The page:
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Austin-area schools overwhelmingly reject hiring chaplains as counselors

State Representative James Talarico stands in front of a small group of people holding signs that read "protect religious freedom" outside of the Texas Capitol building.
Becky Fogel
KUT News
State Rep. James Talarico spoke at a news conference at the Texas Capitol on Thursday about a state law that required school boards to vote on whether to allow religious chaplains to serve as counselors.

State Rep. James Talarico, an Austin Democrat, praised school boards across Texas on Thursday for rejecting a Republican-led effort to let religious chaplains provide mental health services to students.

"We are here to celebrate an important victory in the fight against Christian nationalism," Talarico said during a news conference at the Texas Capitol. "There was a bill passed in the last legislative session that would allow school districts to replace school counselors with untrained, unsupervised and unqualified religious chaplains."

The legislation, Senate Bill 763, passed the Texas Legislature in May 2023 and allows districts to hire chaplains to perform the duties of school counselors even if they don’t have the training or credentials for the job.

Talarico has been a staunch opponent of the new law that also required school boards to take a record vote on whether to employ chaplains in this capacity by March 1. Trustees had to vote on whether chaplains could volunteer on campuses, too.

"We had folks speak out against this bill from across the political spectrum, from across different faith traditions, from across different communities," Talarico said. "We are proud to announce 25 of the biggest school districts in Texas have rejected this policy at the local level."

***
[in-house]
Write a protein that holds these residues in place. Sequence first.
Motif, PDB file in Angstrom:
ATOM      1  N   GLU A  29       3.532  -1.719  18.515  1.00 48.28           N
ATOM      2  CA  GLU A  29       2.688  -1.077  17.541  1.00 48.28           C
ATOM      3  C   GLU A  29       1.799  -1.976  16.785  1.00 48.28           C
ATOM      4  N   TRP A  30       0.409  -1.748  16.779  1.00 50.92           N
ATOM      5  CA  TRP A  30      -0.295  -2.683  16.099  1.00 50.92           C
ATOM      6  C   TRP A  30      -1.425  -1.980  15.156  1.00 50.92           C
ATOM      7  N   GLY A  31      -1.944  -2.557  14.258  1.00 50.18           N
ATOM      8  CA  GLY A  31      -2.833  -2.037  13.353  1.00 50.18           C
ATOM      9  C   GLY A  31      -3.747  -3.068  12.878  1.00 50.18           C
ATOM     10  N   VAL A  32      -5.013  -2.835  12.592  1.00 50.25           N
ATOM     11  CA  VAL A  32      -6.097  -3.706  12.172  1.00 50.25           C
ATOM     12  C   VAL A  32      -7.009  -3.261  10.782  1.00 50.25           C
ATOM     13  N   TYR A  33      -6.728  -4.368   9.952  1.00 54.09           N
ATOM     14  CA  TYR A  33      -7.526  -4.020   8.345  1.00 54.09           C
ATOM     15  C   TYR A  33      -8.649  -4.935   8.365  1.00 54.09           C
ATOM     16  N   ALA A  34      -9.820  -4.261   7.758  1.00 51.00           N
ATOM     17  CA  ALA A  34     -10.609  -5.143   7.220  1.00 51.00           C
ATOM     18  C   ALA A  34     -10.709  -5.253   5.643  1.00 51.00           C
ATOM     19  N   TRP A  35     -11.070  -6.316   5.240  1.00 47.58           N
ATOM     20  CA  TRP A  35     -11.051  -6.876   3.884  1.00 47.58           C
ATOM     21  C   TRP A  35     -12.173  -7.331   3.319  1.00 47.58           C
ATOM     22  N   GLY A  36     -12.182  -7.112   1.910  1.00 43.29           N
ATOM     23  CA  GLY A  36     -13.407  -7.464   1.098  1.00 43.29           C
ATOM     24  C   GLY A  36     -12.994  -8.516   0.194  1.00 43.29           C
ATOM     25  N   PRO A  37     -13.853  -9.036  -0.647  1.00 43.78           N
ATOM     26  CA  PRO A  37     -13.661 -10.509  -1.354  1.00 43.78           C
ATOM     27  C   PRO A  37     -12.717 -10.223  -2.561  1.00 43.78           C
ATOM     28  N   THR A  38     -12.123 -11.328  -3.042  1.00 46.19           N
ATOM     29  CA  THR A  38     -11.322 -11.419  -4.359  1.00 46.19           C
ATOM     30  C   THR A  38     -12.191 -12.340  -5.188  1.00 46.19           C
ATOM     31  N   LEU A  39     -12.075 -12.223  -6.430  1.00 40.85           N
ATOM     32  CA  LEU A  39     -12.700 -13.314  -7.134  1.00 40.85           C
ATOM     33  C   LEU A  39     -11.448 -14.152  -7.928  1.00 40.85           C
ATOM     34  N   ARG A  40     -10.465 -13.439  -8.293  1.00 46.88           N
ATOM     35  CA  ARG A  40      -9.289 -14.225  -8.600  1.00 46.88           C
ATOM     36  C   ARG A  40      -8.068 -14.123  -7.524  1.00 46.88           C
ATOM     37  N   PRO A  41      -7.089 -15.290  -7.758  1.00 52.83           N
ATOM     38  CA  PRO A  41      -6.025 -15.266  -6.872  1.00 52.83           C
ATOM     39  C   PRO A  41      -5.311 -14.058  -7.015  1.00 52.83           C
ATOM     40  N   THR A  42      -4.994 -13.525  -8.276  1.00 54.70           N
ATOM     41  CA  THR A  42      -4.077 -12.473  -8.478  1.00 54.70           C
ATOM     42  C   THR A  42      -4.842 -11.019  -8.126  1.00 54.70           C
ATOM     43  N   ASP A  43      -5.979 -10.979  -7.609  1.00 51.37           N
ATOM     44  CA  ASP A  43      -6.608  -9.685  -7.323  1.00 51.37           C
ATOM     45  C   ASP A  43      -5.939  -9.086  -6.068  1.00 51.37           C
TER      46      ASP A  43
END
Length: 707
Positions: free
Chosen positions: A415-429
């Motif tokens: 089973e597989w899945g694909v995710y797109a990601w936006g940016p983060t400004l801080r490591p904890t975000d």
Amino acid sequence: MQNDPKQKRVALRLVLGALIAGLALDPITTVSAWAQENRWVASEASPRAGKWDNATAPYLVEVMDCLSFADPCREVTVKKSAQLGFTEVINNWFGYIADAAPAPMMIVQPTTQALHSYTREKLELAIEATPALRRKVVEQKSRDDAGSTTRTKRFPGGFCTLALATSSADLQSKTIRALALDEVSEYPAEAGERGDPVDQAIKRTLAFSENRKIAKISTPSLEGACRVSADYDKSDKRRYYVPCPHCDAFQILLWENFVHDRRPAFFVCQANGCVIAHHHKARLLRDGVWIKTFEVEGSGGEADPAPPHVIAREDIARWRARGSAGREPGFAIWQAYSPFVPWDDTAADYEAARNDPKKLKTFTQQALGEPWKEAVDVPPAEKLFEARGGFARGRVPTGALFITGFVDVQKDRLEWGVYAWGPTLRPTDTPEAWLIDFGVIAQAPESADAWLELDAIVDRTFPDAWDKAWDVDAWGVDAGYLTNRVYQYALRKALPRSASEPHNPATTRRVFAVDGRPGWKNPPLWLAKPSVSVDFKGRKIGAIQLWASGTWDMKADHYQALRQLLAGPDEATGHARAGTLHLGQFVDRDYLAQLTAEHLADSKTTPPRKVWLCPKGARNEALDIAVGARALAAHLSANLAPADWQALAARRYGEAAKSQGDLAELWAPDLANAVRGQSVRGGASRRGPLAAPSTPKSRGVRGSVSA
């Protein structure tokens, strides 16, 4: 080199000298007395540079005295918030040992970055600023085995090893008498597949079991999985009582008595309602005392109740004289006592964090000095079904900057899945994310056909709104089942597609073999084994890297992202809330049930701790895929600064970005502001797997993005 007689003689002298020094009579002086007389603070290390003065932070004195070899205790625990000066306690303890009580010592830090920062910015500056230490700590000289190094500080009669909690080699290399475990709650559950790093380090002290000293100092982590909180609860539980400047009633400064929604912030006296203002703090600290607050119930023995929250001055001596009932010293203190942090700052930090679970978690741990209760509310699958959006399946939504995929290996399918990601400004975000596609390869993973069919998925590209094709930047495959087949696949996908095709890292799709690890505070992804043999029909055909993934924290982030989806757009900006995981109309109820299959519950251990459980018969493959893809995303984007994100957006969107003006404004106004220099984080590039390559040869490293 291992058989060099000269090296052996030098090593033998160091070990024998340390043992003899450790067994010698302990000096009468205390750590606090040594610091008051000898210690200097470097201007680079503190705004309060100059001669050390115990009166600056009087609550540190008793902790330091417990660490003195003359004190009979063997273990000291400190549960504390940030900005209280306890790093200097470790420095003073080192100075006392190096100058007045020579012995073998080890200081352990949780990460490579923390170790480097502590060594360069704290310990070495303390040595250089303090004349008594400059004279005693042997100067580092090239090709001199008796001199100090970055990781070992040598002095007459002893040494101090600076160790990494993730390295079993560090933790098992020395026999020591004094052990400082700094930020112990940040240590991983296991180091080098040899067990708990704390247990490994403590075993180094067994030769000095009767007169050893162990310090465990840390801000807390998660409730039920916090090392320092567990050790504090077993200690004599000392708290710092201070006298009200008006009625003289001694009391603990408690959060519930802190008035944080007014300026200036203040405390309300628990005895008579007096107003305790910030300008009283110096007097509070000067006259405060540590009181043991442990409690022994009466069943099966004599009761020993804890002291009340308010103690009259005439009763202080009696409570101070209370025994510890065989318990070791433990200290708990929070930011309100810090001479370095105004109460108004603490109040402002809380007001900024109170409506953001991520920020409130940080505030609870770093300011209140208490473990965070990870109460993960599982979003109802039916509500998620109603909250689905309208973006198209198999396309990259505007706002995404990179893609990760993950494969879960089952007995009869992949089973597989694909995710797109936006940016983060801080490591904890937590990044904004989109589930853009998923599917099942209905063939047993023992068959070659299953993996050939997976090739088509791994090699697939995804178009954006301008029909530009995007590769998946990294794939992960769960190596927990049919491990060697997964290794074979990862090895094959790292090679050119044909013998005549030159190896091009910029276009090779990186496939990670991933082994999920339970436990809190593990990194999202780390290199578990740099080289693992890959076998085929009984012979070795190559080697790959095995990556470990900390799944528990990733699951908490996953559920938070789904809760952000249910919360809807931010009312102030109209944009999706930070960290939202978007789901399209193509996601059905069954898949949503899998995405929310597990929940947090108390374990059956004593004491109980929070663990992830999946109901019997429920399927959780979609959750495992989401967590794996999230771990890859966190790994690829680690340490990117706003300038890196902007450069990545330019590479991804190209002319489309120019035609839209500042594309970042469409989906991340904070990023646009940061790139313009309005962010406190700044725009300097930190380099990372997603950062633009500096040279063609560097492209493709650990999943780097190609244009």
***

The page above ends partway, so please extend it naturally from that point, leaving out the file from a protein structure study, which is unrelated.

Supporters of the law said their goal was to help schools struggling to find enough mental health professionals to serve students.

The author of SB 763, Republican State Sen. Mayes Middleton said chaplains would help supplement the services counselors provide, not replace them.

"This adds another tool on the table for our students," Middleton said in a hearing on his bill last April. "Chaplains provide many services such as pastoral care, which is nonreligious spiritual care, they represent God in our government entities, they handle trauma care for our students."

However, Talarico said blocking the policy is a win for public schools.

"We are protecting our students and we are protecting our religious liberties at the local level across the state of Texas," he said.

Several faith-based groups opposed to SB 763 joined Talarico at the news conference, including Texas Impact, an interfaith group that helps religious leaders and their congregations learn about public policy and how to engage with their elected officials. Advocacy director Joshua Houston said, to his group’s knowledge, no Central Texas school board approved a policy allowing chaplains to be hired as school counselors.

“We are grateful at the wisdom that is still in local communities,” Houston told KUT. “Local faith groups…got with their trustees and really exercised the beautiful thing that is local democracy.”

Austin ISD is among the local school districts that will not hire chaplains as school counselors. The school board adopted a resolution in October 2023 barring the district from hiring unlicensed chaplains as counselors. The measure also reaffirmed the district’s current policy of “permitting any community members who meet requirements, including chaplains, to volunteer to provide support, services, and programs for students.”

Bastrop ISD's school board also opted against allowing the district to hire unlicensed chaplains as counselors. At a Feb. 20 meeting, some members of the public spoke in favor of letting chaplains provide mental health support and held small yellow signs that read, "We support school chaplaincy."

But, at that same meeting, the district underscored its current policy that allows chaplains to volunteer.

“Chaplains are another source of caring adults in our community and we would love to see them volunteer in our schools through our mentor program,” Deputy Superintendent Kristi Lee said. “And, of course, if a chaplain meets the job requirements of any position we have open…we would certainly consider them to become a valued employee in BISD.”

Other school districts in the Austin area that decided against policies to hire chaplains as school counselors when they don’t have the appropriate qualifications include:

State Rep. Talarico said he thinks it is an asset that school boards had to take a record vote on the issue.

"Because it's going to show lawmakers that this is deeply unpopular in all parts of the state," he said.

Becky Fogel is the education reporter at KUT. Got a tip? Email her at Follow her on Twitter @beckyfogel.
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